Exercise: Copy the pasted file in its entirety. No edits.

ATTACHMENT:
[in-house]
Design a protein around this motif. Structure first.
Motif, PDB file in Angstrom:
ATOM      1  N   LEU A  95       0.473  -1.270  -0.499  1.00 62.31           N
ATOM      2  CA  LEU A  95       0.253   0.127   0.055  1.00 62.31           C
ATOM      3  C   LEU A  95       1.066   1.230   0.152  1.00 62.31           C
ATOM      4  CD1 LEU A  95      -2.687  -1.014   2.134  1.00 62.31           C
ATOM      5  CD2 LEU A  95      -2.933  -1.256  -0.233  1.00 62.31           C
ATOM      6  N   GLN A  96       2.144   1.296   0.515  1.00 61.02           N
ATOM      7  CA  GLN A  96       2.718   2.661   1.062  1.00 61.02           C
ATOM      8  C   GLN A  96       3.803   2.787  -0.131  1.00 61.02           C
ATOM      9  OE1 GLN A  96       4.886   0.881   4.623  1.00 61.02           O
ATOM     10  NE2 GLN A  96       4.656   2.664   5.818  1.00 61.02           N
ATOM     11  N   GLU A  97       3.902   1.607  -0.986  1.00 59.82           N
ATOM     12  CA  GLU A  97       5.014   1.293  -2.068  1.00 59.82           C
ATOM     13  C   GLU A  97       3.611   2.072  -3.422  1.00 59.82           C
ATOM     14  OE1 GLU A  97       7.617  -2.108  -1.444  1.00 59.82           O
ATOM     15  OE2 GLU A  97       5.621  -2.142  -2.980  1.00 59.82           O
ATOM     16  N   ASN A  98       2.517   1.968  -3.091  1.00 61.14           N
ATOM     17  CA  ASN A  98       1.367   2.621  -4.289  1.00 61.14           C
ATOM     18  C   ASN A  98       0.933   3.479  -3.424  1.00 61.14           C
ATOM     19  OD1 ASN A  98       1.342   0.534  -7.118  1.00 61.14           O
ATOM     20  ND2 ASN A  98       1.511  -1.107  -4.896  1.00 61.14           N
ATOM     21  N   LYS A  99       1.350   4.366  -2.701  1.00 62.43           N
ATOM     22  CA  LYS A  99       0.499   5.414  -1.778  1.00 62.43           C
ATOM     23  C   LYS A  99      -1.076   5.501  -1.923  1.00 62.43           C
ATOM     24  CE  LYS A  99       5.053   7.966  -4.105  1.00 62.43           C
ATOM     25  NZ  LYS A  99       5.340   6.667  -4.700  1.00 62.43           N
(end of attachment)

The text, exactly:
[in-house]
Design a protein around this motif. Structure first.
Motif, PDB file in Angstrom:
ATOM      1  N   LEU A  95       0.473  -1.270  -0.499  1.00 62.31           N
ATOM      2  CA  LEU A  95       0.253   0.127   0.055  1.00 62.31           C
ATOM      3  C   LEU A  95       1.066   1.230   0.152  1.00 62.31           C
ATOM      4  CD1 LEU A  95      -2.687  -1.014   2.134  1.00 62.31           C
ATOM      5  CD2 LEU A  95      -2.933  -1.256  -0.233  1.00 62.31           C
ATOM      6  N   GLN A  96       2.144   1.296   0.515  1.00 61.02           N
ATOM      7  CA  GLN A  96       2.718   2.661   1.062  1.00 61.02           C
ATOM      8  C   GLN A  96       3.803   2.787  -0.131  1.00 61.02           C
ATOM      9  OE1 GLN A  96       4.886   0.881   4.623  1.00 61.02           O
ATOM     10  NE2 GLN A  96       4.656   2.664   5.818  1.00 61.02           N
ATOM     11  N   GLU A  97       3.902   1.607  -0.986  1.00 59.82           N
ATOM     12  CA  GLU A  97       5.014   1.293  -2.068  1.00 59.82           C
ATOM     13  C   GLU A  97       3.611   2.072  -3.422  1.00 59.82           C
ATOM     14  OE1 GLU A  97       7.617  -2.108  -1.444  1.00 59.82           O
ATOM     15  OE2 GLU A  97       5.621  -2.142  -2.980  1.00 59.82           O
ATOM     16  N   ASN A  98       2.517   1.968  -3.091  1.00 61.14           N
ATOM     17  CA  ASN A  98       1.367   2.621  -4.289  1.00 61.14           C
ATOM     18  C   ASN A  98       0.933   3.479  -3.424  1.00 61.14           C
ATOM     19  OD1 ASN A  98       1.342   0.534  -7.118  1.00 61.14           O
ATOM     20  ND2 ASN A  98       1.511  -1.107  -4.896  1.00 61.14           N
ATOM     21  N   LYS A  99       1.350   4.366  -2.701  1.00 62.43           N
ATOM     22  CA  LYS A  99       0.499   5.414  -1.778  1.00 62.43           C
ATOM     23  C   LYS A  99      -1.076   5.501  -1.923  1.00 62.43           C
ATOM     24  CE  LYS A  99       5.053   7.966  -4.105  1.00 62.43           C
ATOM     25  NZ  LYS A  99       5.340   6.667  -4.700  1.00 62.43           N